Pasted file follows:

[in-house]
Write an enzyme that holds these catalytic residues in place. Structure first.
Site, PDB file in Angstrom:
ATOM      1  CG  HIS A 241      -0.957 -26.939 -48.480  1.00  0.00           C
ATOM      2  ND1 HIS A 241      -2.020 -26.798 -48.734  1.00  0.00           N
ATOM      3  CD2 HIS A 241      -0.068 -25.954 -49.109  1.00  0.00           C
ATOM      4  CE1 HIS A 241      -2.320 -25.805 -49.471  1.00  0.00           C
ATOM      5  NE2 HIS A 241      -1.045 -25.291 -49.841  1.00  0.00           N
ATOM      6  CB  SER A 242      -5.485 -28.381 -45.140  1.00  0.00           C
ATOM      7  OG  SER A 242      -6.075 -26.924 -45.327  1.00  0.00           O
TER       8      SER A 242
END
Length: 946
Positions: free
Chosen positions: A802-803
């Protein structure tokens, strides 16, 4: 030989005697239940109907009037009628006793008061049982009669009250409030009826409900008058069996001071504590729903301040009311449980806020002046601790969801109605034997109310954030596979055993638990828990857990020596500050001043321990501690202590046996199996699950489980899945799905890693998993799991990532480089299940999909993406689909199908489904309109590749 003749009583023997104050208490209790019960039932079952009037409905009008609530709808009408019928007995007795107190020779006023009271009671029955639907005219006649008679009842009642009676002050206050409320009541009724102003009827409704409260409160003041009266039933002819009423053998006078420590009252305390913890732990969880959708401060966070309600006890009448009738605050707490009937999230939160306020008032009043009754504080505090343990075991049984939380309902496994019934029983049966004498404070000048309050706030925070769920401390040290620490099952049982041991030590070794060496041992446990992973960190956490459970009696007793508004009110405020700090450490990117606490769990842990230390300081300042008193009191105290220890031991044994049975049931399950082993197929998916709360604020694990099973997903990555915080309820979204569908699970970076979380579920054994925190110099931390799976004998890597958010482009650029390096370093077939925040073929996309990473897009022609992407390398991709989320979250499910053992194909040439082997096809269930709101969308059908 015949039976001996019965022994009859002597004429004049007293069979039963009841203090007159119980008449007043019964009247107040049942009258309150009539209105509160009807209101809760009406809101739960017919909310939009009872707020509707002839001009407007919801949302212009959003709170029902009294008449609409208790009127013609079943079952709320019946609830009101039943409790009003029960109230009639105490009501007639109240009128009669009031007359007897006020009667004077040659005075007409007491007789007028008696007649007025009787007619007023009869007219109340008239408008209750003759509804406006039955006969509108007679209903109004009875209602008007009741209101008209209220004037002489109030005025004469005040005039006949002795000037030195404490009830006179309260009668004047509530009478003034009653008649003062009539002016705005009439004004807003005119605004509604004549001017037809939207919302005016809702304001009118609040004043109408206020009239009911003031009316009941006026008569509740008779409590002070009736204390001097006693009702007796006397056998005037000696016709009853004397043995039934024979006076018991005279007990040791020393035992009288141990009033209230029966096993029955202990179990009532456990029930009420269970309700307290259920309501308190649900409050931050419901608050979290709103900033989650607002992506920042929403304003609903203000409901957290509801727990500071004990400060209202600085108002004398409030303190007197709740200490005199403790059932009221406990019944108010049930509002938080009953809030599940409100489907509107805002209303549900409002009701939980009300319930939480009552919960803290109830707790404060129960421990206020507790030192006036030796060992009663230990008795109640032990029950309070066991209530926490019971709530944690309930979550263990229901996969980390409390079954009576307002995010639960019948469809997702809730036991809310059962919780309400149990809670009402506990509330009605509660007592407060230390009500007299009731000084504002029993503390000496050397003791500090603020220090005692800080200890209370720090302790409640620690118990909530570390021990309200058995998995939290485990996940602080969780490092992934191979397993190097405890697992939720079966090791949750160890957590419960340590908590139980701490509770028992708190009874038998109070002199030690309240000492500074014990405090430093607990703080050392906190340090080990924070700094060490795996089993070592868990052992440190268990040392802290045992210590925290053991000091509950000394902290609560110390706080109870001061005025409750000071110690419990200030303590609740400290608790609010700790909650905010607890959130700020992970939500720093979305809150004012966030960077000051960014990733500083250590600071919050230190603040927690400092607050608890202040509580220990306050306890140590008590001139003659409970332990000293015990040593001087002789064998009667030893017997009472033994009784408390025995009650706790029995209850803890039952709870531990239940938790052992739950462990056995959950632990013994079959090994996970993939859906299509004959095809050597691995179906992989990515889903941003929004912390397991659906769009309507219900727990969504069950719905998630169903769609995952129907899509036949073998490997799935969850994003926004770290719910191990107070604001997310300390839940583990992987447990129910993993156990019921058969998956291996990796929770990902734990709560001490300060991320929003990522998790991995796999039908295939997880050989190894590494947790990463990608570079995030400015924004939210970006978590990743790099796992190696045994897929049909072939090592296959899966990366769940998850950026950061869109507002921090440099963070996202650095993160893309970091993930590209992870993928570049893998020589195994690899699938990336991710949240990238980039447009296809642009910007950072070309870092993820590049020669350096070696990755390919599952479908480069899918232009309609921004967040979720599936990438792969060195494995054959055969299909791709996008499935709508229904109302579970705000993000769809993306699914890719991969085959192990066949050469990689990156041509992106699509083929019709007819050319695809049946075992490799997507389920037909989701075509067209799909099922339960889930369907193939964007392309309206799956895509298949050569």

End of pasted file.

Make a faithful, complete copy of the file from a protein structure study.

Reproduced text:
[in-house]
Write an enzyme that holds these catalytic residues in place. Structure first.
Site, PDB file in Angstrom:
ATOM      1  CG  HIS A 241      -0.957 -26.939 -48.480  1.00  0.00           C
ATOM      2  ND1 HIS A 241      -2.020 -26.798 -48.734  1.00  0.00           N
ATOM      3  CD2 HIS A 241      -0.068 -25.954 -49.109  1.00  0.00           C
ATOM      4  CE1 HIS A 241      -2.320 -25.805 -49.471  1.00  0.00           C
ATOM      5  NE2 HIS A 241      -1.045 -25.291 -49.841  1.00  0.00           N
ATOM      6  CB  SER A 242      -5.485 -28.381 -45.140  1.00  0.00           C
ATOM      7  OG  SER A 242      -6.075 -26.924 -45.327  1.00  0.00           O
TER       8      SER A 242
END
Length: 946
Positions: free
Chosen positions: A802-803
């Protein structure tokens, strides 16, 4: 030989005697239940109907009037009628006793008061049982009669009250409030009826409900008058069996001071504590729903301040009311449980806020002046601790969801109605034997109310954030596979055993638990828990857990020596500050001043321990501690202590046996199996699950489980899945799905890693998993799991990532480089299940999909993406689909199908489904309109590749 003749009583023997104050208490209790019960039932079952009037409905009008609530709808009408019928007995007795107190020779006023009271009671029955639907005219006649008679009842009642009676002050206050409320009541009724102003009827409704409260409160003041009266039933002819009423053998006078420590009252305390913890732990969880959708401060966070309600006890009448009738605050707490009937999230939160306020008032009043009754504080505090343990075991049984939380309902496994019934029983049966004498404070000048309050706030925070769920401390040290620490099952049982041991030590070794060496041992446990992973960190956490459970009696007793508004009110405020700090450490990117606490769990842990230390300081300042008193009191105290220890031991044994049975049931399950082993197929998916709360604020694990099973997903990555915080309820979204569908699970970076979380579920054994925190110099931390799976004998890597958010482009650029390096370093077939925040073929996309990473897009022609992407390398991709989320979250499910053992194909040439082997096809269930709101969308059908 015949039976001996019965022994009859002597004429004049007293069979039963009841203090007159119980008449007043019964009247107040049942009258309150009539209105509160009807209101809760009406809101739960017919909310939009009872707020509707002839001009407007919801949302212009959003709170029902009294008449609409208790009127013609079943079952709320019946609830009101039943409790009003029960109230009639105490009501007639109240009128009669009031007359007897006020009667004077040659005075007409007491007789007028008696007649007025009787007619007023009869007219109340008239408008209750003759509804406006039955006969509108007679209903109004009875209602008007009741209101008209209220004037002489109030005025004469005040005039006949002795000037030195404490009830006179309260009668004047509530009478003034009653008649003062009539002016705005009439004004807003005119605004509604004549001017037809939207919302005016809702304001009118609040004043109408206020009239009911003031009316009941006026008569509740008779409590002070009736204390001097006693009702007796006397056998005037000696016709009853004397043995039934024979006076018991005279007990040791020393035992009288141990009033209230029966096993029955202990179990009532456990029930009420269970309700307290259920309501308190649900409050931050419901608050979290709103900033989650607002992506920042929403304003609903203000409901957290509801727990500071004990400060209202600085108002004398409030303190007197709740200490005199403790059932009221406990019944108010049930509002938080009953809030599940409100489907509107805002209303549900409002009701939980009300319930939480009552919960803290109830707790404060129960421990206020507790030192006036030796060992009663230990008795109640032990029950309070066991209530926490019971709530944690309930979550263990229901996969980390409390079954009576307002995010639960019948469809997702809730036991809310059962919780309400149990809670009402506990509330009605509660007592407060230390009500007299009731000084504002029993503390000496050397003791500090603020220090005692800080200890209370720090302790409640620690118990909530570390021990309200058995998995939290485990996940602080969780490092992934191979397993190097405890697992939720079966090791949750160890957590419960340590908590139980701490509770028992708190009874038998109070002199030690309240000492500074014990405090430093607990703080050392906190340090080990924070700094060490795996089993070592868990052992440190268990040392802290045992210590925290053991000091509950000394902290609560110390706080109870001061005025409750000071110690419990200030303590609740400290608790609010700790909650905010607890959130700020992970939500720093979305809150004012966030960077000051960014990733500083250590600071919050230190603040927690400092607050608890202040509580220990306050306890140590008590001139003659409970332990000293015990040593001087002789064998009667030893017997009472033994009784408390025995009650706790029995209850803890039952709870531990239940938790052992739950462990056995959950632990013994079959090994996970993939859906299509004959095809050597691995179906992989990515889903941003929004912390397991659906769009309507219900727990969504069950719905998630169903769609995952129907899509036949073998490997799935969850994003926004770290719910191990107070604001997310300390839940583990992987447990129910993993156990019921058969998956291996990796929770990902734990709560001490300060991320929003990522998790991995796999039908295939997880050989190894590494947790990463990608570079995030400015924004939210970006978590990743790099796992190696045994897929049909072939090592296959899966990366769940998850950026950061869109507002921090440099963070996202650095993160893309970091993930590209992870993928570049893998020589195994690899699938990336991710949240990238980039447009296809642009910007950072070309870092993820590049020669350096070696990755390919599952479908480069899918232009309609921004967040979720599936990438792969060195494995054959055969299909791709996008499935709508229904109302579970705000993000769809993306699914890719991969085959192990066949050469990689990156041509992106699509083929019709007819050319695809049946075992490799997507389920037909989701075509067209799909099922339960889930369907193939964007392309309206799956895509298949050569």